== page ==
Harris’s Hawks are not found in the majority of the US.  Texas is the most likely place to find them, although they are also seen in New Mexico, Arizona, the most Southern part of Southern California, Louisiana, and, occasionally, Oklahoma and Nevada.  To see two in Tennessee is quite a treat–they truly are beautiful birds.  They’re also quite intelligent hunters.  They hunt in a cooperative fashion in small groups.  This has made them a favorite among falconers and they work very well with hunting dogs.

Elvi and I confer while Cayce heads off the other direction

Elvi and I confer while Cayce heads off the other direction

I have never seen a Harris’s Hawk in the wild, although they are not considered endangered or rare.  The just have limited territory in the US and I haven’t been where they are.  Just as I wouldn’t expect to see an Anna’s Hummingbird in Columbus, Ohio, it would be silly to think I’m going to spot a Harris’s Hawk in Chattanooga.  Sometime I’m going to make a trip back to Harris’s Hawk territory when I have time to go birding.

Cayce flies up to Horst's glove

Cayce flies up to Horst’s glove

As usual, in spite of the charm of the owls or the flying of the Red-tailed hawk, Cayce stole the show.  She refused to fly from glove to glove.  Instead she hopped along the ground, only flying up to a glove for a treat.  She’s a funny girl.  I wore my boots just in case she decided to try to bite my legs.  She chased me briefly, snapping at my calves.  I was happy I had my boots on.  I don’t know exactly what makes Cayce so universally lovable.  Maybe it’s just the surprise of getting to know a vulture and discovering that they’re so cool?  What ever the reason, Horst and Elvi appeared to enjoy Cayce’s antics just as much as if we were all speaking the same language.

Cayce lands on Horst's glove

Cayce lands on Horst’s glove

Cayce waiting for us to get our act together so she can hop onto Elvi's glove

Cayce waiting for us to get our act together so she can hop onto Elvi’s glove

 

Loaned Camera

There I am, sharp as a tack back by the car

There I am, sharp as a tack back by the car

Another post with guest photographer Patrick Murray.  I particularly like these images.  Why, you ask?  Well, I like the fact that while my husband had an incredible Red-tailed hawk flying right at him, he was focusing on me in the background.  🙂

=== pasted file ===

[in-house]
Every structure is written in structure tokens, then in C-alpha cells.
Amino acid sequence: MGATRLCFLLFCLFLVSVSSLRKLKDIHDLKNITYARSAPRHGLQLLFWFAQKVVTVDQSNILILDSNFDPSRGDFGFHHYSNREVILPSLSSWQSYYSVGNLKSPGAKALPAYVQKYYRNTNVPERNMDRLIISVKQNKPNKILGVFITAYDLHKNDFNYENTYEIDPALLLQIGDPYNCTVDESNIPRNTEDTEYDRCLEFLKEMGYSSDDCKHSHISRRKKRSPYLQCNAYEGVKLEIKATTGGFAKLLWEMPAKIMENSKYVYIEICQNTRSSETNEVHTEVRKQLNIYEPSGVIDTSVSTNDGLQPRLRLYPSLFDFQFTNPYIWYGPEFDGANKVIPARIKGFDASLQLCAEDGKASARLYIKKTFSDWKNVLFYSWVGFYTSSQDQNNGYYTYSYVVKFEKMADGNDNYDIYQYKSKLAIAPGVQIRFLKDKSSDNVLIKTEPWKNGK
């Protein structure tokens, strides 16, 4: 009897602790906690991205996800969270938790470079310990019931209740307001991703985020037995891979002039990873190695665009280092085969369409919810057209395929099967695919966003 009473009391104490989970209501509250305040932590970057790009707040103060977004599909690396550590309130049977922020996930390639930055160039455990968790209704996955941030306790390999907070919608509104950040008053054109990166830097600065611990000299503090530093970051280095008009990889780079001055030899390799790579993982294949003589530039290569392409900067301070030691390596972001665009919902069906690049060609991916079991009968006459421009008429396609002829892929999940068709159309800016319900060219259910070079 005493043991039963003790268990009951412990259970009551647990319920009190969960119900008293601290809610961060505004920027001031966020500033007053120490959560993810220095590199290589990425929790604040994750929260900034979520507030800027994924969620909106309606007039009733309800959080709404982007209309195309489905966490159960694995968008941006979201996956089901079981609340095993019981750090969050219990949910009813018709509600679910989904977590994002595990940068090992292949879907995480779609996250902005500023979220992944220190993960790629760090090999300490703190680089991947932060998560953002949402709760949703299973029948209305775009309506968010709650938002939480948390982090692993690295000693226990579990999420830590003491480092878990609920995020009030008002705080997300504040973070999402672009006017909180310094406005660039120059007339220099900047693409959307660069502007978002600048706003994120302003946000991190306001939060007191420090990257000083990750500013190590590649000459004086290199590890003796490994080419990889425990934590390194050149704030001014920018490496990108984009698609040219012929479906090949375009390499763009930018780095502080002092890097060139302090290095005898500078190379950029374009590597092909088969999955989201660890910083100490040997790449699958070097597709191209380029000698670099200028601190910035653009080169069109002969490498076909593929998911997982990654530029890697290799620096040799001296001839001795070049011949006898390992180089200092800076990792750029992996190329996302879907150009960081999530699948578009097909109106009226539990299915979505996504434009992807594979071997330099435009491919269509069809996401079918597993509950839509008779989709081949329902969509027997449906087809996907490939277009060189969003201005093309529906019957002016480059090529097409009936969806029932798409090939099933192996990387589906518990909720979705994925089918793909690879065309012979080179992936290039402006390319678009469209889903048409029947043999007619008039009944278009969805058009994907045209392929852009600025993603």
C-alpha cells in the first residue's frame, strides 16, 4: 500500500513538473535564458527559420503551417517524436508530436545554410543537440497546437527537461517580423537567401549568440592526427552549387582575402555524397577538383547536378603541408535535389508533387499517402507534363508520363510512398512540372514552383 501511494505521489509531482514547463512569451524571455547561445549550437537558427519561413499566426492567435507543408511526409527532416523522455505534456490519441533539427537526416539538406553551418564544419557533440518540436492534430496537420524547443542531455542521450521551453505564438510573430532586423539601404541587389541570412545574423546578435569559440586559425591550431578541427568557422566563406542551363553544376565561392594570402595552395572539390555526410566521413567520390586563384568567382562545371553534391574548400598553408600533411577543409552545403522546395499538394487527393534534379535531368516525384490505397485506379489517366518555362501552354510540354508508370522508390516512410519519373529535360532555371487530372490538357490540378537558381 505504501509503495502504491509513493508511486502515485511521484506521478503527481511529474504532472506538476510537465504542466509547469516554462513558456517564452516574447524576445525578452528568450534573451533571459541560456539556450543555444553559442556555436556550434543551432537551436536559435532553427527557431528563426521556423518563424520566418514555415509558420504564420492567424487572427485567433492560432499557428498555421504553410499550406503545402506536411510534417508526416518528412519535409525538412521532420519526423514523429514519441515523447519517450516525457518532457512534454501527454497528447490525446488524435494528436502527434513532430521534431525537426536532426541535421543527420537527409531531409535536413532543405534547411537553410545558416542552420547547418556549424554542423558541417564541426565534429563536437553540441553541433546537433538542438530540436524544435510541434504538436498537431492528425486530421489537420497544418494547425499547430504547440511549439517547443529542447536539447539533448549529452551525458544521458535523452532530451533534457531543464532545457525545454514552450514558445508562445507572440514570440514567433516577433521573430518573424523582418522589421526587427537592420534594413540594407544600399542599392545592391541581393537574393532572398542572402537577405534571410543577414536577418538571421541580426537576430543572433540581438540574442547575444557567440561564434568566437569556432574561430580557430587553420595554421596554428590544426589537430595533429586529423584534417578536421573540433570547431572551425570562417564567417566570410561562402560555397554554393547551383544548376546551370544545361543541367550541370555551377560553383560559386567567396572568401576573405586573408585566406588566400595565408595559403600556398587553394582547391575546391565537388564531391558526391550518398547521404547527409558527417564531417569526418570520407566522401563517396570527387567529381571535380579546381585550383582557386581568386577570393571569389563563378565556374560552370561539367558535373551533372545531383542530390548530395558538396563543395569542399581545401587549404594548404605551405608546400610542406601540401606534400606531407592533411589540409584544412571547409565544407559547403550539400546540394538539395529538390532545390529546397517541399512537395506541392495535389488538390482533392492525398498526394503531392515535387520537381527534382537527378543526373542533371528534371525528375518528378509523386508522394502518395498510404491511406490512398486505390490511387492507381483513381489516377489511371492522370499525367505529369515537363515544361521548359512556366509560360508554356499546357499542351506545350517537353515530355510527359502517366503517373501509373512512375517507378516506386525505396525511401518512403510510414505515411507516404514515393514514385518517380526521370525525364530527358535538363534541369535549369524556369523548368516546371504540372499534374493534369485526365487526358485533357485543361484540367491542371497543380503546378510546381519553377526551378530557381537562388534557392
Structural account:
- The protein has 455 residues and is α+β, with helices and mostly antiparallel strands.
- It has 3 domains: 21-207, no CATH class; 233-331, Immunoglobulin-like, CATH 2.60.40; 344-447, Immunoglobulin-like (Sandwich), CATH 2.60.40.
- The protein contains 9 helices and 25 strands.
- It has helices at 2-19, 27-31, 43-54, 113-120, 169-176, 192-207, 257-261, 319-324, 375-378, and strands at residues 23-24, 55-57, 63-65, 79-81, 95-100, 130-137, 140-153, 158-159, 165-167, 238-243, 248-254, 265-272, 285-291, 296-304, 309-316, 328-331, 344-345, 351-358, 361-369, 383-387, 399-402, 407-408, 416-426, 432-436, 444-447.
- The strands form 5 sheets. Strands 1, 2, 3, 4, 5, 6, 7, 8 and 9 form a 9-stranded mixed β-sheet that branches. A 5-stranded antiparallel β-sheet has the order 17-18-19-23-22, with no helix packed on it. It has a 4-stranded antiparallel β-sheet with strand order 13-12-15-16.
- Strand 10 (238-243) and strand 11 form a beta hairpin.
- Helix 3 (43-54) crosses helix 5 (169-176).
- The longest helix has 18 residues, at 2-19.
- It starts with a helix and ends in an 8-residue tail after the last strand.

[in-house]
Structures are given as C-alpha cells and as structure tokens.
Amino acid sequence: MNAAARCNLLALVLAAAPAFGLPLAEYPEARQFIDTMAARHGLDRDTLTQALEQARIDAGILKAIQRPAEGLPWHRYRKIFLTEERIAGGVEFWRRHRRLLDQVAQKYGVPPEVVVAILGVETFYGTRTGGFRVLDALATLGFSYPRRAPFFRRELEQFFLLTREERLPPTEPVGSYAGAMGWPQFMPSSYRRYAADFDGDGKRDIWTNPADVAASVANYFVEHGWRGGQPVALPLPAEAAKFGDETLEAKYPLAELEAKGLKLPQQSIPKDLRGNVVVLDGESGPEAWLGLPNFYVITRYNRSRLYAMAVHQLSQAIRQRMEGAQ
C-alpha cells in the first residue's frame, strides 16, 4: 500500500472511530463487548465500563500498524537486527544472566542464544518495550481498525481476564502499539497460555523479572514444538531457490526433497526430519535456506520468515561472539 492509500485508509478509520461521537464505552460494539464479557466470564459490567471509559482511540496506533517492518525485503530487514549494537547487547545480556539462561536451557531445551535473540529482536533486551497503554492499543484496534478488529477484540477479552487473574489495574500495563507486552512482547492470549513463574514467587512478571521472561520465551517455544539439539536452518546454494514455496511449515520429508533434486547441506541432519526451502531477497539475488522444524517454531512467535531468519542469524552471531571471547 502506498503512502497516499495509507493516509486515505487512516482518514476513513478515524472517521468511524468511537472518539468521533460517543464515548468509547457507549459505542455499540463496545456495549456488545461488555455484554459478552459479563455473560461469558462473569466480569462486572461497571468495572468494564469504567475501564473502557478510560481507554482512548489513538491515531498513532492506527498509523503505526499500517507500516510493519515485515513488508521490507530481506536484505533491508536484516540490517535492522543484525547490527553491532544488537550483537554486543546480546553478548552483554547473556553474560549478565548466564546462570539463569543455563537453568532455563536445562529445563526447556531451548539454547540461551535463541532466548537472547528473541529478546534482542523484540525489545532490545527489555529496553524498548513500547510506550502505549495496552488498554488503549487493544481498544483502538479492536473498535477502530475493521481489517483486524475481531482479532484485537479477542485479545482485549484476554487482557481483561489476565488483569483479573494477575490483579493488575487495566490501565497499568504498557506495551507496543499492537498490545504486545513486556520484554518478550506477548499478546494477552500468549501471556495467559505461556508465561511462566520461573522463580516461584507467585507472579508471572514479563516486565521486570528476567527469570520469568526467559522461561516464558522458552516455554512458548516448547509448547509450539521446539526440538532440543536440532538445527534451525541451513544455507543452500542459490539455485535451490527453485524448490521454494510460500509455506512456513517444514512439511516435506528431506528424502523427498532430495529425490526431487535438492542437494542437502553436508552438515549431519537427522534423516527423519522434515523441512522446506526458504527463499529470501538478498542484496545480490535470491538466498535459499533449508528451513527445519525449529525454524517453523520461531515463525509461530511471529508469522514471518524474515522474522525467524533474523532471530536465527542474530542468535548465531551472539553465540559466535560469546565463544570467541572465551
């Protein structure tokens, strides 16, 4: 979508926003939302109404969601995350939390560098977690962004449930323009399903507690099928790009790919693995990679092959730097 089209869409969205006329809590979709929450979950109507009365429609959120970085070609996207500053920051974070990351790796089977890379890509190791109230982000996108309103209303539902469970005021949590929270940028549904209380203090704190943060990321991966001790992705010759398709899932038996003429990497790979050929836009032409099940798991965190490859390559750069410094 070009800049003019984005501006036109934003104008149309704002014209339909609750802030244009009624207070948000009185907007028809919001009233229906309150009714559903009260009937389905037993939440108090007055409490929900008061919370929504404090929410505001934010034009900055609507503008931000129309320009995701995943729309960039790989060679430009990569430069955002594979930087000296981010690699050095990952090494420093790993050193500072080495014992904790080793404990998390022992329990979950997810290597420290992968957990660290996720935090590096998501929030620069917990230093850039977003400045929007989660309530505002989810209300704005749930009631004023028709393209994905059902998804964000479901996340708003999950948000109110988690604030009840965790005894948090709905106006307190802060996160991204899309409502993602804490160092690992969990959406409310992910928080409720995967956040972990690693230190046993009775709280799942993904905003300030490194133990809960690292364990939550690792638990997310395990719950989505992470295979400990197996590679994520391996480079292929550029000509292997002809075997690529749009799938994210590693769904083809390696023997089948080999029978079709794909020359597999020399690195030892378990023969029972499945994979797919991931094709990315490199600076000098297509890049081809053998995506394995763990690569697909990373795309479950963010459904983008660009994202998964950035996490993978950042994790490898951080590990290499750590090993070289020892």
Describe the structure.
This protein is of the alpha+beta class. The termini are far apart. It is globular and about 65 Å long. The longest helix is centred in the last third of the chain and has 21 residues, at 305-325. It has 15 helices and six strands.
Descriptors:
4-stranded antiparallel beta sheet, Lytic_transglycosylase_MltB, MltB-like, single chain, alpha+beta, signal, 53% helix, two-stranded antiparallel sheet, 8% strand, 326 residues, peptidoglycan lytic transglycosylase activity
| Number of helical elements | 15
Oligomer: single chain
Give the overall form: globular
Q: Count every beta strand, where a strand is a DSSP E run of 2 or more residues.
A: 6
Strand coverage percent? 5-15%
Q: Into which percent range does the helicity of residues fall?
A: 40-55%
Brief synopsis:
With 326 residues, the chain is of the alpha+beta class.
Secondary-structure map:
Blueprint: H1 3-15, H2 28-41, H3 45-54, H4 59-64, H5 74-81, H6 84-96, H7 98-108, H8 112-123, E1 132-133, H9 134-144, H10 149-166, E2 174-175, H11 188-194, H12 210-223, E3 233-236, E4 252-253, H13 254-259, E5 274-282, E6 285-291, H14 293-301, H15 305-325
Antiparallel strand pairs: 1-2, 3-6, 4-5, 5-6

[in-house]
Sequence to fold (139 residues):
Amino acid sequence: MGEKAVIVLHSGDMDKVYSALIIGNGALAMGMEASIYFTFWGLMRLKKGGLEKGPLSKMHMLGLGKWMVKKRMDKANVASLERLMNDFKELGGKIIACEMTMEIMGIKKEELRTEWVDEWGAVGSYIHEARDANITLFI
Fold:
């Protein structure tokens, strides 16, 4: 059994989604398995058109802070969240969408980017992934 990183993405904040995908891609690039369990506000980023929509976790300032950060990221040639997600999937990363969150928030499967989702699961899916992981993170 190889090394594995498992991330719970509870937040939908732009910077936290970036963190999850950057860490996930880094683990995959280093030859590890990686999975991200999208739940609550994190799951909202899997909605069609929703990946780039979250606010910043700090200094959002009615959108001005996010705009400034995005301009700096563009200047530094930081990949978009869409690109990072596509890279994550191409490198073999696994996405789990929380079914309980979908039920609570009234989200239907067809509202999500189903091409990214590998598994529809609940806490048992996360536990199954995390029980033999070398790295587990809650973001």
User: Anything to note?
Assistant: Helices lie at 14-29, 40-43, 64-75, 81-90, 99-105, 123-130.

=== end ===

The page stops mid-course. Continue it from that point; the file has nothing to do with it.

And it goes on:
But, for the budding photographer, there are several lessons here.  First, there is the “someone just handed me their camera and asked me to take pictures with it” lesson.  Had I planned better, I would have taken my husband’s camera, with which he is slightly more familiar.  Or, I would have at least turned off the back-button focusing setting on my camera, which was something my husband wasn’t used to (I am a huge fan of using back-button focusing instead of pressing the shutter button ½ way to find focus, but that’s another subject).

Yep, it's me again in focus in the background

Yep, it’s me again in focus in the background

I did think to put my camera in Aperture Priority mode (where you pick the aperture and ISO and let the camera pick the shutter speed) and set the aperture for what I thought would be a pretty good depth of field for someone who might not always focus exactly where I wanted him to.  However, I failed to change the focus point selection to a single focus point, which probably would have made it a little easier on my husband.

But then, he might have focused on the birds instead of me and I wouldn’t have gotten quite the same kick out of it.  🙂

I'm not really in focus in this one, but I have to laugh at me peeping around the corner!

I’m not really in focus in this one, but I have to laugh at me peeping around the corner!

I also set the camera in single-shooting mode when we started the raptor experience for my husband’s aunt and uncle.  This was appropriate because they were holding owls on their gloves who can’t fly.  These owls don’t move fast enough to justify continuous shooting mode.